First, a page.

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|Other short titles|
|Long title||An Act Supplemental to the National Prohibition Act.|
|Nicknames||National Prohibition Supplemental Act of 1921|
|Enacted by||the 67th United States Congress|
|Effective||November 23, 1921|
|Public law||Pub.L. 67–96|
|Statutes at Large||42 Stat. 222|
|Titles amended||27 U.S.C.: Intoxicating Liquors|
|U.S.C. sections amended||27 U.S.C. ch. 1 §§ 2,3,5|
|Medicinal Liquor Prescriptions Act of 1933|
|United States Supreme Court cases|
|Lambert v. Yellowley|
The Willis–Campbell Act of 1921 was a piece of legislation in the United States intended to clarify and tighten regulations around the medicinal use of alcohol during Prohibition. The law, sponsored by Republican Sen. Frank B. Willis of Ohio and Rep. Philip P. Campbell of Kansas, specified that only "spirituous and vinous liquors" (i.e. spirits and wine, thus excluding beer) could be prescribed medicinally, reduced the maximum amount of alcohol per prescription to half a pint, and limited doctors to 100 prescriptions for alcohol per 90-day period. It was commonly known as the "beer emergency bill".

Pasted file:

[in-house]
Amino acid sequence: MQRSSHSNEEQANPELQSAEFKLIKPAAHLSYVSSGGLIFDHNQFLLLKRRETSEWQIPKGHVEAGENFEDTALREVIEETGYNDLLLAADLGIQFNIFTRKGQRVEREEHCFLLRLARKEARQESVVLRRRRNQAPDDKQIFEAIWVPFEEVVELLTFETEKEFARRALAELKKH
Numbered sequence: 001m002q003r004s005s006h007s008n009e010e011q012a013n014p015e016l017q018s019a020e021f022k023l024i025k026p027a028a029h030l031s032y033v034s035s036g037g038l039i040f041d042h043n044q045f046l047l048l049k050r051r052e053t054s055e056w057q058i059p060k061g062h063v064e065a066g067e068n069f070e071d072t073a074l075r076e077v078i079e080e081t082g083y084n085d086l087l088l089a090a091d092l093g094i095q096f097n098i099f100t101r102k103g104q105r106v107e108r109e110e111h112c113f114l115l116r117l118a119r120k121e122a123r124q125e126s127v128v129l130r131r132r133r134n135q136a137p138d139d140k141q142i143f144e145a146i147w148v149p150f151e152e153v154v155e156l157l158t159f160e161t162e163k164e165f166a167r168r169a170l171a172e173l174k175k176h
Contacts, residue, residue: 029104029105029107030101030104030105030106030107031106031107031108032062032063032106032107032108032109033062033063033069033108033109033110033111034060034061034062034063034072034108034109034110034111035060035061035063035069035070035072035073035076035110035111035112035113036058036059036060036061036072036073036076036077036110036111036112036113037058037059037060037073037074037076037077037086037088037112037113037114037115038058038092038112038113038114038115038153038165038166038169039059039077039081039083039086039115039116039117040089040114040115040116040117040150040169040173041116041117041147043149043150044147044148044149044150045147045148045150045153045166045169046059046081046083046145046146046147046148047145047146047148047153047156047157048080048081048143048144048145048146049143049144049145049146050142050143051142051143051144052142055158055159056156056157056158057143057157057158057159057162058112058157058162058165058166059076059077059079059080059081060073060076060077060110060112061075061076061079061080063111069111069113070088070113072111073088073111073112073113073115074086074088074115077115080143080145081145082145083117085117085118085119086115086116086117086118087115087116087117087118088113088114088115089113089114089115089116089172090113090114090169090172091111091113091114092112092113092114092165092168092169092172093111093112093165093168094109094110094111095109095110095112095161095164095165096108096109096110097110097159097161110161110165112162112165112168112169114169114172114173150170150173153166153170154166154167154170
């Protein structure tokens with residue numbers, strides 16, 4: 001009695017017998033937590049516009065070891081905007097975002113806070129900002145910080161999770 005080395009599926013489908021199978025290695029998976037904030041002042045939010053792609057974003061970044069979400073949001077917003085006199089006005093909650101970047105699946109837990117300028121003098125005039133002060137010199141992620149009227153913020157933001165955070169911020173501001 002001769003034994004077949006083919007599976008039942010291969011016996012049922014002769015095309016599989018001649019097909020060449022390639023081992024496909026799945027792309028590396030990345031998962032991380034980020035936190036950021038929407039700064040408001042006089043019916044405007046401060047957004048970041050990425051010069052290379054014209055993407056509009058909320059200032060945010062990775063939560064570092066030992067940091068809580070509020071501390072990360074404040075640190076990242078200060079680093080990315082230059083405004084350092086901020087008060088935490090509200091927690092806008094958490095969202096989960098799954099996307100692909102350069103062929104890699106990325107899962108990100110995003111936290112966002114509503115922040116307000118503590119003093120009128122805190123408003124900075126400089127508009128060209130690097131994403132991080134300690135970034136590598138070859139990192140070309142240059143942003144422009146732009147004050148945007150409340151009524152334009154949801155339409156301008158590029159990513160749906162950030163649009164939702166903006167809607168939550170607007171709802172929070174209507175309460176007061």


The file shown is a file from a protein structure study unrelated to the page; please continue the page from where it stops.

The Act kept in force all anti-liquor tax laws that had been in place prior to the passage of the Volstead Act in 1919, giving authorities the right to choose whether or not to prosecute offenders under prohibition laws or revenue laws, but at the same time guaranteeing bootleggers that they would not be prosecuted in both ways.
- Hanson, Ph.D., David J. (29 April 2016). "Willis-Campbell Act Restricted Prescriptions for Alcohol". AlcoholProblemsandSolutions.org. State University of New York.
- Cowan, Rubey; Joyce, Billy (1920). "Oh! Doctor". Digital Commons - University of Maine. New York: Stark & Cowan, Inc.